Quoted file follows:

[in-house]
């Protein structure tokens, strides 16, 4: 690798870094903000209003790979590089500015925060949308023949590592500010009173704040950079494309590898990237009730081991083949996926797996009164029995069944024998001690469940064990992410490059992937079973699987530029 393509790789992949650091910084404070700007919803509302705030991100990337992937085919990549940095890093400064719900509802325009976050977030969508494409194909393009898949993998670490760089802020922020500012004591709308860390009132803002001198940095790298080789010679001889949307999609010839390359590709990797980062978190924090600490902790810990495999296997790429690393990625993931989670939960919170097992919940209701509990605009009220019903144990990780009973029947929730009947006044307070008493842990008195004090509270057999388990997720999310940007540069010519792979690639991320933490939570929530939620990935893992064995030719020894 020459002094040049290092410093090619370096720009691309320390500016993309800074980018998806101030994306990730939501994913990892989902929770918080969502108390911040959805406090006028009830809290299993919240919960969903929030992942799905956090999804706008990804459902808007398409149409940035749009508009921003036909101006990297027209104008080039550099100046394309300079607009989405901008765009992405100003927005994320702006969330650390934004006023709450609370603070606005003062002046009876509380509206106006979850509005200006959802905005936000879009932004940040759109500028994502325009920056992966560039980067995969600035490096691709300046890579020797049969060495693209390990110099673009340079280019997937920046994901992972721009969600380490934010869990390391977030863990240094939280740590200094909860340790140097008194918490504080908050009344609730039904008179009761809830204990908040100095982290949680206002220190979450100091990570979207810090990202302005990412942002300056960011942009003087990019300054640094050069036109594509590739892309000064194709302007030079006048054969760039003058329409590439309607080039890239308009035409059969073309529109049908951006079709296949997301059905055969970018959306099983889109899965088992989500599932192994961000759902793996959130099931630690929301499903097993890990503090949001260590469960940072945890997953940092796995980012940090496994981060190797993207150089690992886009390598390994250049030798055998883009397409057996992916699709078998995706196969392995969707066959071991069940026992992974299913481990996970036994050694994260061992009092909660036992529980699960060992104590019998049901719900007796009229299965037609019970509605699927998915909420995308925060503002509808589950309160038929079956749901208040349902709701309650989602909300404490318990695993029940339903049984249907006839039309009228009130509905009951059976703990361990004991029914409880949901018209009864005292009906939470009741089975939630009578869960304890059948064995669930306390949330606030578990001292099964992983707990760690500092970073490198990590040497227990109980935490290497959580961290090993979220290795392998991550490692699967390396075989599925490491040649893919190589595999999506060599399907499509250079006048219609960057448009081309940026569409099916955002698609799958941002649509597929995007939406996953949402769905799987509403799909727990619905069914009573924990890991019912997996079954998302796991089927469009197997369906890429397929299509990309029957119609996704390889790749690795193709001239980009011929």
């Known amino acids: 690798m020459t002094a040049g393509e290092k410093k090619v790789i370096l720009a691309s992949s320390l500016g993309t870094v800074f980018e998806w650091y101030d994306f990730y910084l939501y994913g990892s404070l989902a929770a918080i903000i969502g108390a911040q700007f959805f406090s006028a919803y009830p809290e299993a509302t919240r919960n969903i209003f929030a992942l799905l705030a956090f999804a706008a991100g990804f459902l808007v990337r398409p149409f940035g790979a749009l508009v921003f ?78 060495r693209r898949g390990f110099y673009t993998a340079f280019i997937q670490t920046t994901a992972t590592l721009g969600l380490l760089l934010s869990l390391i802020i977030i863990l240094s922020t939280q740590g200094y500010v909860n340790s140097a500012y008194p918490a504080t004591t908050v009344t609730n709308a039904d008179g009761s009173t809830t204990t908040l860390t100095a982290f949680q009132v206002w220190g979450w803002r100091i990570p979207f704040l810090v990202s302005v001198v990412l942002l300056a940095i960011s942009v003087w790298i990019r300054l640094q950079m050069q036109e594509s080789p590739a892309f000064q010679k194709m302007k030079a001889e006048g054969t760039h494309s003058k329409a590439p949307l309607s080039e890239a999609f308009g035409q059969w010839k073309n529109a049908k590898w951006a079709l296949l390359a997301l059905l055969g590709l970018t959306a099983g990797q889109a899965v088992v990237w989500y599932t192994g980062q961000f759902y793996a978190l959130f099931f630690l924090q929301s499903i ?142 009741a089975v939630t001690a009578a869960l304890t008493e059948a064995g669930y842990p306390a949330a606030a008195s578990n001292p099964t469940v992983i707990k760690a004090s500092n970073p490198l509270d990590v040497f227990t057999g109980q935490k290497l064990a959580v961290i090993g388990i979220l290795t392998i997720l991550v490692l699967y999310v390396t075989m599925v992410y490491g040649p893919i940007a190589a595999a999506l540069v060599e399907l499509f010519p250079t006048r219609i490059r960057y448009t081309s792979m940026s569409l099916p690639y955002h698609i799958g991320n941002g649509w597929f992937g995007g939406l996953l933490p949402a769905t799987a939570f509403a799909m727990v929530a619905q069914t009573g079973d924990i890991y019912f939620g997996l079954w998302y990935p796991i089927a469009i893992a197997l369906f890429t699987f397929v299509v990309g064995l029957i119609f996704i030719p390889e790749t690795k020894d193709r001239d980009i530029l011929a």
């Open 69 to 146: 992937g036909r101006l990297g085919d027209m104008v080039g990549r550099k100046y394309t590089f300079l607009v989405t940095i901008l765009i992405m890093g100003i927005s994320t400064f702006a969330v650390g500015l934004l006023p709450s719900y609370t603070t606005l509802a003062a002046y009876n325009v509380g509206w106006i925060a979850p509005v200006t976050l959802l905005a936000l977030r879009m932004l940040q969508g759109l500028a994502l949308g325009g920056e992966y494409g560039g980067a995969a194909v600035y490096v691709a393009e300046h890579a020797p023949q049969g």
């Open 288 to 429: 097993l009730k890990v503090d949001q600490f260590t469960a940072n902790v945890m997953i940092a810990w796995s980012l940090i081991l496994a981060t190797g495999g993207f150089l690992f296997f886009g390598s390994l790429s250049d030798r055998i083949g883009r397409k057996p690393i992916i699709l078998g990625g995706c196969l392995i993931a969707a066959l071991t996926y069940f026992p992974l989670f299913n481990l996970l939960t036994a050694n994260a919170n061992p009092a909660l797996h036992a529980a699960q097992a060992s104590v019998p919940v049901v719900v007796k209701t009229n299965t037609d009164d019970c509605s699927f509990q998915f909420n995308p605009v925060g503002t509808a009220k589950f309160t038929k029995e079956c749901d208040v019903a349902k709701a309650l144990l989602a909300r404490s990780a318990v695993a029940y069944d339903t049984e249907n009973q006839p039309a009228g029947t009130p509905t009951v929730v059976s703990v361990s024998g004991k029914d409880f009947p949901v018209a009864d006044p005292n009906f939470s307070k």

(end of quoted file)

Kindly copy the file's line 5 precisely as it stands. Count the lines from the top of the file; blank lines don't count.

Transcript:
């Open 288 to 429: 097993l009730k890990v503090d949001q600490f260590t469960a940072n902790v945890m997953i940092a810990w796995s980012l940090i081991l496994a981060t190797g495999g993207f150089l690992f296997f886009g390598s390994l790429s250049d030798r055998i083949g883009r397409k057996p690393i992916i699709l078998g990625g995706c196969l392995i993931a969707a066959l071991t996926y069940f026992p992974l989670f299913n481990l996970l939960t036994a050694n994260a919170n061992p009092a909660l797996h036992a529980a699960q097992a060992s104590v019998p919940v049901v719900v007796k209701t009229n299965t037609d009164d019970c509605s699927f509990q998915f909420n995308p605009v925060g503002t509808a009220k589950f309160t038929k029995e079956c749901d208040v019903a349902k709701a309650l144990l989602a909300r404490s990780a318990v695993a029940y069944d339903t049984e249907n009973q006839p039309a009228g029947t009130p509905t009951v929730v059976s703990v361990s024998g004991k029914d409880f009947p949901v018209a009864d006044p005292n009906f939470s307070k």